Colonizer or Colonized introduces two colonial stories into the heart of France's literary and cultural history.
The first describes elite France's conflicted relationship to the Ancient World.
As much as French intellectuals aligned themselves with the Greco-Romans as an "us," they also resented the Ancients as an imperial "them," haunted by the memory that both the Greeks and Romans had colonized their ancestors, the Gauls.
This memory put the elite on the defensive-defending against the legacy of this colonized past and the fear that they were the barbarian other.
The second story mirrored the first. Just as the Romans had colonized the Gauls, France would colonize the New World, becoming the "New Rome" by creating a "New France." Borrowing the Roman strategy, the French Church and State developed an assimilationist stance towards the Amerindian "barbarian." This policy provided a foundation for what would become the nation's most basic stance towards the other.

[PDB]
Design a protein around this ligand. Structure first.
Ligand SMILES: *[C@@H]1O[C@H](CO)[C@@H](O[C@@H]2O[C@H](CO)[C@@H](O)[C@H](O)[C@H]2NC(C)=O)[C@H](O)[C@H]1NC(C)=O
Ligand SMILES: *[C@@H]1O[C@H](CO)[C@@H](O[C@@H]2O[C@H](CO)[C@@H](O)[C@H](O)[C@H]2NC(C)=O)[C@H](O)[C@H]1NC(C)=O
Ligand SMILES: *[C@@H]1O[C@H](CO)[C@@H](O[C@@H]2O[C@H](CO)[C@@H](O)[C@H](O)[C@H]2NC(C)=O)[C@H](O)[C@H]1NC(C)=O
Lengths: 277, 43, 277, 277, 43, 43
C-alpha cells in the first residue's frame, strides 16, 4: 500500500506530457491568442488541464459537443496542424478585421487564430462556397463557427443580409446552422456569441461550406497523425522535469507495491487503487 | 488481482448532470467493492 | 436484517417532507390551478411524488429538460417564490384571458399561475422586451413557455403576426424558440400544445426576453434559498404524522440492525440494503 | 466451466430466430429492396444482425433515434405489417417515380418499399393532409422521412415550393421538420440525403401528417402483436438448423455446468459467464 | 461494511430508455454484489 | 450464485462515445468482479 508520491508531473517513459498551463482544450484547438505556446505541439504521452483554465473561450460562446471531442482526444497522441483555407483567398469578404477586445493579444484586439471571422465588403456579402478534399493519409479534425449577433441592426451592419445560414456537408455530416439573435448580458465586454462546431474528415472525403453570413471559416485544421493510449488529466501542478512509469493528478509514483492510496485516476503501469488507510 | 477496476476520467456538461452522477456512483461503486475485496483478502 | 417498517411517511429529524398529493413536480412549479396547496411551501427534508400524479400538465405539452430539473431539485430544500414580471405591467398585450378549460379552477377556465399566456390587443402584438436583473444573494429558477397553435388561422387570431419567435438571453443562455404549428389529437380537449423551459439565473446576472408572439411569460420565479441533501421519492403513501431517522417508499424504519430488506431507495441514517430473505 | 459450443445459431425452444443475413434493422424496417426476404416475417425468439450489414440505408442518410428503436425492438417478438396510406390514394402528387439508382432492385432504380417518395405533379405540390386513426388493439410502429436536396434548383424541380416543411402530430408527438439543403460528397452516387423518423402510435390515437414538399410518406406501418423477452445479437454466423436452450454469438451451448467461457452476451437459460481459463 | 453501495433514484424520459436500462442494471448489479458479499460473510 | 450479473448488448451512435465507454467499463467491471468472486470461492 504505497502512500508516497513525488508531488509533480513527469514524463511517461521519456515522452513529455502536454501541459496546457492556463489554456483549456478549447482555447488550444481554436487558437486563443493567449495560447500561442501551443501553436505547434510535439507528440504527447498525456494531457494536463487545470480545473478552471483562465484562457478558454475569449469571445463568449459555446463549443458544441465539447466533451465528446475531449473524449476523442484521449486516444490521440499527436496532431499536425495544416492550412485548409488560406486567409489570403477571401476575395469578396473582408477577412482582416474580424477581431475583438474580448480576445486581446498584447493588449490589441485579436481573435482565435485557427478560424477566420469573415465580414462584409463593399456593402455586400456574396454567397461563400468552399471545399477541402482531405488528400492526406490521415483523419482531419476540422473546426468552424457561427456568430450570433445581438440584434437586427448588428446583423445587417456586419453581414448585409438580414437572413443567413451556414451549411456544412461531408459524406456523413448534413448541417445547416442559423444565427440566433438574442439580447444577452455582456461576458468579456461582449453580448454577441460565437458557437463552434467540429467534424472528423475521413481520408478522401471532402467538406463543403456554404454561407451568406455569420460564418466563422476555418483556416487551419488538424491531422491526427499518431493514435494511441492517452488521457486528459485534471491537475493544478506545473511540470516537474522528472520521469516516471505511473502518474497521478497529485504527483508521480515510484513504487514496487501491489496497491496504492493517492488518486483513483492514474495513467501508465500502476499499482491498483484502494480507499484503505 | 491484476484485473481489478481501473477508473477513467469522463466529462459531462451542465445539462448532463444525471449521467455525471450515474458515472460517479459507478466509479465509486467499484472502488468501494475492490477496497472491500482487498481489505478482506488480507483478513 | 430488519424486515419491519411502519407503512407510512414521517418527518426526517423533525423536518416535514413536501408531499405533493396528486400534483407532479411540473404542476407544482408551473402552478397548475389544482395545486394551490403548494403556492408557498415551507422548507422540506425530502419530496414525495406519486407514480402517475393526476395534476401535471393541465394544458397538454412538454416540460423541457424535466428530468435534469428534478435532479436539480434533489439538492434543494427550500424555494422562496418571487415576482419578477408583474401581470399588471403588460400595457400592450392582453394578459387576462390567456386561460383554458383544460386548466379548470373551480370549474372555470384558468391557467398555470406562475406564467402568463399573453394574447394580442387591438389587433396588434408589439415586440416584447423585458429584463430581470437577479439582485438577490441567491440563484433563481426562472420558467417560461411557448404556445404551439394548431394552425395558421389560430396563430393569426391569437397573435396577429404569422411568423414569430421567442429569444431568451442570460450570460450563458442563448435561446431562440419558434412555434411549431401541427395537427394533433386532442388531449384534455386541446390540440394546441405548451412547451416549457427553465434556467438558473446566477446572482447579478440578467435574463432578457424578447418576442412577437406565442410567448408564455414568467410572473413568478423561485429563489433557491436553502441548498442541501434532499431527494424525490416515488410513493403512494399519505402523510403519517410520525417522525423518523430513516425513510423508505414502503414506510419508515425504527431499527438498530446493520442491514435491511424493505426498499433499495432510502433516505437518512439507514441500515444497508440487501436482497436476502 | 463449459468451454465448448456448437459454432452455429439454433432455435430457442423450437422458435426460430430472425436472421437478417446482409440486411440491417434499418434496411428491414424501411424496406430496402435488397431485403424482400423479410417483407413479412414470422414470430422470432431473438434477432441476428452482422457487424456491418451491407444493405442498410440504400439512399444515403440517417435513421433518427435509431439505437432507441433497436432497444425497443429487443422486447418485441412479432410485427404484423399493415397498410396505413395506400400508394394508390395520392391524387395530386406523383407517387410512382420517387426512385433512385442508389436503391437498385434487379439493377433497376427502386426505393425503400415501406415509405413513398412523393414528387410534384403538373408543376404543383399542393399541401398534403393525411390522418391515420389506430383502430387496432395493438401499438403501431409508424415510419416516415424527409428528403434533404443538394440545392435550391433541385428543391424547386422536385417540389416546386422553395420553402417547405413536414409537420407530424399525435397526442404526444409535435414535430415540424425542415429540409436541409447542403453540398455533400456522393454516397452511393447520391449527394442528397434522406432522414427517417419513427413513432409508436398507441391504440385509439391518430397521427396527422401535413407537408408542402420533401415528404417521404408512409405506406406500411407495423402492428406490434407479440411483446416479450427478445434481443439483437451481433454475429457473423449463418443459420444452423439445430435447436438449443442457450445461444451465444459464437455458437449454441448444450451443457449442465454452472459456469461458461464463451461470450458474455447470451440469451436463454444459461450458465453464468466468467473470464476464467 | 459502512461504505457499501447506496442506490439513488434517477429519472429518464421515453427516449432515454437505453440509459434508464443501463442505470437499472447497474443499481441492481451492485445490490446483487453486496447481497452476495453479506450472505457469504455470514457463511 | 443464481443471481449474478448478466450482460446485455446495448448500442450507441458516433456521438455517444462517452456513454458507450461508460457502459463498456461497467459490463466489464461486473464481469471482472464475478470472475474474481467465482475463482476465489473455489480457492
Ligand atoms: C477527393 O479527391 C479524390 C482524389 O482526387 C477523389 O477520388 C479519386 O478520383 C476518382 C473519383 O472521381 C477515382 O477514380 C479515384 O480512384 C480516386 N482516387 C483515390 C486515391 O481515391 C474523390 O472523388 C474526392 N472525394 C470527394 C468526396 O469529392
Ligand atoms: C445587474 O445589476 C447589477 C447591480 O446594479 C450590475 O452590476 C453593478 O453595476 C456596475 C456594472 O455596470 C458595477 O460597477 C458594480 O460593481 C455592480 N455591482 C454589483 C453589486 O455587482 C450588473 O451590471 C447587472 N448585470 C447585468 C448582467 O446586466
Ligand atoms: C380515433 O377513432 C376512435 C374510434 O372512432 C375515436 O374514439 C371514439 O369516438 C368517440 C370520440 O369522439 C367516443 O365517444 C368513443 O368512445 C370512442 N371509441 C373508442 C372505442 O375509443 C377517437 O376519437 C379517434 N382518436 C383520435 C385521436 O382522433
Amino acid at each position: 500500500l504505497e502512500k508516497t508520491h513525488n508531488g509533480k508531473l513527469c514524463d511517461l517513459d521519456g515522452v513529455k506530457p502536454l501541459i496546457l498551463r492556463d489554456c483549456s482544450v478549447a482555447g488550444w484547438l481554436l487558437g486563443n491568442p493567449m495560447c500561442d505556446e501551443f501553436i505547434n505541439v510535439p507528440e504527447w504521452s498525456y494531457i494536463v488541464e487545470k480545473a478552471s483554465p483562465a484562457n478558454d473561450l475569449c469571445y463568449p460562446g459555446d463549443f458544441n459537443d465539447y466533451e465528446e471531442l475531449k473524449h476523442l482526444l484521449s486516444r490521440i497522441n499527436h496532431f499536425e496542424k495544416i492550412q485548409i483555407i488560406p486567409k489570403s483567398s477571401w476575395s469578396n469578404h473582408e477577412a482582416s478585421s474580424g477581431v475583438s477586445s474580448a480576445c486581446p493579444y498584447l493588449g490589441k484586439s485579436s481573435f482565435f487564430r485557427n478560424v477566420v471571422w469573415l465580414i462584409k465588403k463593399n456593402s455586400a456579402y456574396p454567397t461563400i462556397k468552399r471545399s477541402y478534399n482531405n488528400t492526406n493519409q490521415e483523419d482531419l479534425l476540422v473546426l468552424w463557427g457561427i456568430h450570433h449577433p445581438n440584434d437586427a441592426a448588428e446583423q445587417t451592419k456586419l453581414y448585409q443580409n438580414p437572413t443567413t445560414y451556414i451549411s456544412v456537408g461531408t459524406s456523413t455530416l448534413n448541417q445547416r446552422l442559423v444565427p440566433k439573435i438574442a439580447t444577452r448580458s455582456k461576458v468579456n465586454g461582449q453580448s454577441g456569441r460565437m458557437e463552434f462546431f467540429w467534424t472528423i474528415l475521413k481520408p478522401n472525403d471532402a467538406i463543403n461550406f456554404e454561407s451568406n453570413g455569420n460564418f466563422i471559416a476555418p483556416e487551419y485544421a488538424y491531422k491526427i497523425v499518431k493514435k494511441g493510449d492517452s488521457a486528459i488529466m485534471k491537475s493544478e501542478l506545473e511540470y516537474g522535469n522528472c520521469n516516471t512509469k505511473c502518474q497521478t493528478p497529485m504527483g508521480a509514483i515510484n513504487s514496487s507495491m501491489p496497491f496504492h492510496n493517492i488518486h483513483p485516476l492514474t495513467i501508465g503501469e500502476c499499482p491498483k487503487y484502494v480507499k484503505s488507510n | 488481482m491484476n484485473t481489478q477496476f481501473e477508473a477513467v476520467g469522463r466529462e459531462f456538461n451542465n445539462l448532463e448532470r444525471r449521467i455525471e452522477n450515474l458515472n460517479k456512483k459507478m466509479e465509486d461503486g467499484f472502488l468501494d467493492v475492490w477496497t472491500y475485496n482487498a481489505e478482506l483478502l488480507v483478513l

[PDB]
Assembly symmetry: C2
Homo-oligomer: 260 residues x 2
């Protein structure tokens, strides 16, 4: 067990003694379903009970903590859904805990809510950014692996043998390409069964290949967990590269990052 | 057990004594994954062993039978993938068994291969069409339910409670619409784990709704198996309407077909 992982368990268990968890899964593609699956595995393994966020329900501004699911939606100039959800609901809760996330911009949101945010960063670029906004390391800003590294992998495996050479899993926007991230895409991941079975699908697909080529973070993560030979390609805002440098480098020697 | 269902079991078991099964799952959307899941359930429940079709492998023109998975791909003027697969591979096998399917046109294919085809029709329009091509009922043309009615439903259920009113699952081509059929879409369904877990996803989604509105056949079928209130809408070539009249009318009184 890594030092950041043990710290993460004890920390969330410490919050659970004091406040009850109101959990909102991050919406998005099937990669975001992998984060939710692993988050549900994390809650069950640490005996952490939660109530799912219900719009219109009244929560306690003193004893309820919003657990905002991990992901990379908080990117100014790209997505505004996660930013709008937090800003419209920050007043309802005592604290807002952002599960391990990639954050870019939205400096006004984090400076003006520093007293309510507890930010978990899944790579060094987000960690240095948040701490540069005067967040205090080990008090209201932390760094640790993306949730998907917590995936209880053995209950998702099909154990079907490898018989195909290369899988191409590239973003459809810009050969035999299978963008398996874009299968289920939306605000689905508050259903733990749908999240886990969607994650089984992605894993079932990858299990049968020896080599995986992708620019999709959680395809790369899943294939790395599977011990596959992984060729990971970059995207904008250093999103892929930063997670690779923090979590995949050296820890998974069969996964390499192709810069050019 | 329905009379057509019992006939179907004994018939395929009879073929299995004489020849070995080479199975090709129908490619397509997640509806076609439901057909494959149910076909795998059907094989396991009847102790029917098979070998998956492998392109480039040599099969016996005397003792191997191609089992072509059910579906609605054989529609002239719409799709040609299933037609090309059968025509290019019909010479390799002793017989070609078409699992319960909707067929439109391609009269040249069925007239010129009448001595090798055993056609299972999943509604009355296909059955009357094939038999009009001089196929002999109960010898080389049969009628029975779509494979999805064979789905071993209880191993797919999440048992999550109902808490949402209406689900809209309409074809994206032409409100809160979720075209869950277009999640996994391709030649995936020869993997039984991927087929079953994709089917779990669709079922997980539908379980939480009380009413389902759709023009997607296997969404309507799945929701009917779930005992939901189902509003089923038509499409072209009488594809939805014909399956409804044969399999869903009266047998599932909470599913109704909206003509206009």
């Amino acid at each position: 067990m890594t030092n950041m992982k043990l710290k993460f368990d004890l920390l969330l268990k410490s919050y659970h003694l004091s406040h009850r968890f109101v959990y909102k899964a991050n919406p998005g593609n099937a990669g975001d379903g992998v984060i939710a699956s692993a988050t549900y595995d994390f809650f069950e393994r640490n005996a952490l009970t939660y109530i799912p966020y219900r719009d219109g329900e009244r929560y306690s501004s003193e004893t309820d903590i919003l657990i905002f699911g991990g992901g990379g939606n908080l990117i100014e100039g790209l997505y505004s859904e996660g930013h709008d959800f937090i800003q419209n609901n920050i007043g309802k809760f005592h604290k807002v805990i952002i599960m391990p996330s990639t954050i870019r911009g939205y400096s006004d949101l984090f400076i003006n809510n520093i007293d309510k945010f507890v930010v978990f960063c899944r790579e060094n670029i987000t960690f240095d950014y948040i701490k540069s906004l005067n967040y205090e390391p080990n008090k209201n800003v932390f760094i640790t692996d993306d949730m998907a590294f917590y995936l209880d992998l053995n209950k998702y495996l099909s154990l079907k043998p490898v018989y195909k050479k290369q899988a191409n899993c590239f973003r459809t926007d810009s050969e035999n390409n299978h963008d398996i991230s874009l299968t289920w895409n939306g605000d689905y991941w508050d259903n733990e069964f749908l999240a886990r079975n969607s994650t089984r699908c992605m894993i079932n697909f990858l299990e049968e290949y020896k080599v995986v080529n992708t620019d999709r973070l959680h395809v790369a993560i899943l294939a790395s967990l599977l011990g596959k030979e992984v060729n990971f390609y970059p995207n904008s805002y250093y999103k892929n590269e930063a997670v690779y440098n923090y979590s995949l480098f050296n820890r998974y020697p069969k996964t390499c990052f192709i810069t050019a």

However, this version of assimilation, unlike its subsequent ones, encouraged the colonized and the colonizer to engage in close forms of contact, such as mixed marriages and communities. This book weaves these two different stories together in a triangulated dynamic.
It asks the Ancients to step aside to include the New World other into a larger narrative in which elite France carved out their nation's emerging cultural identity in relation to both the New World and the Ancient World.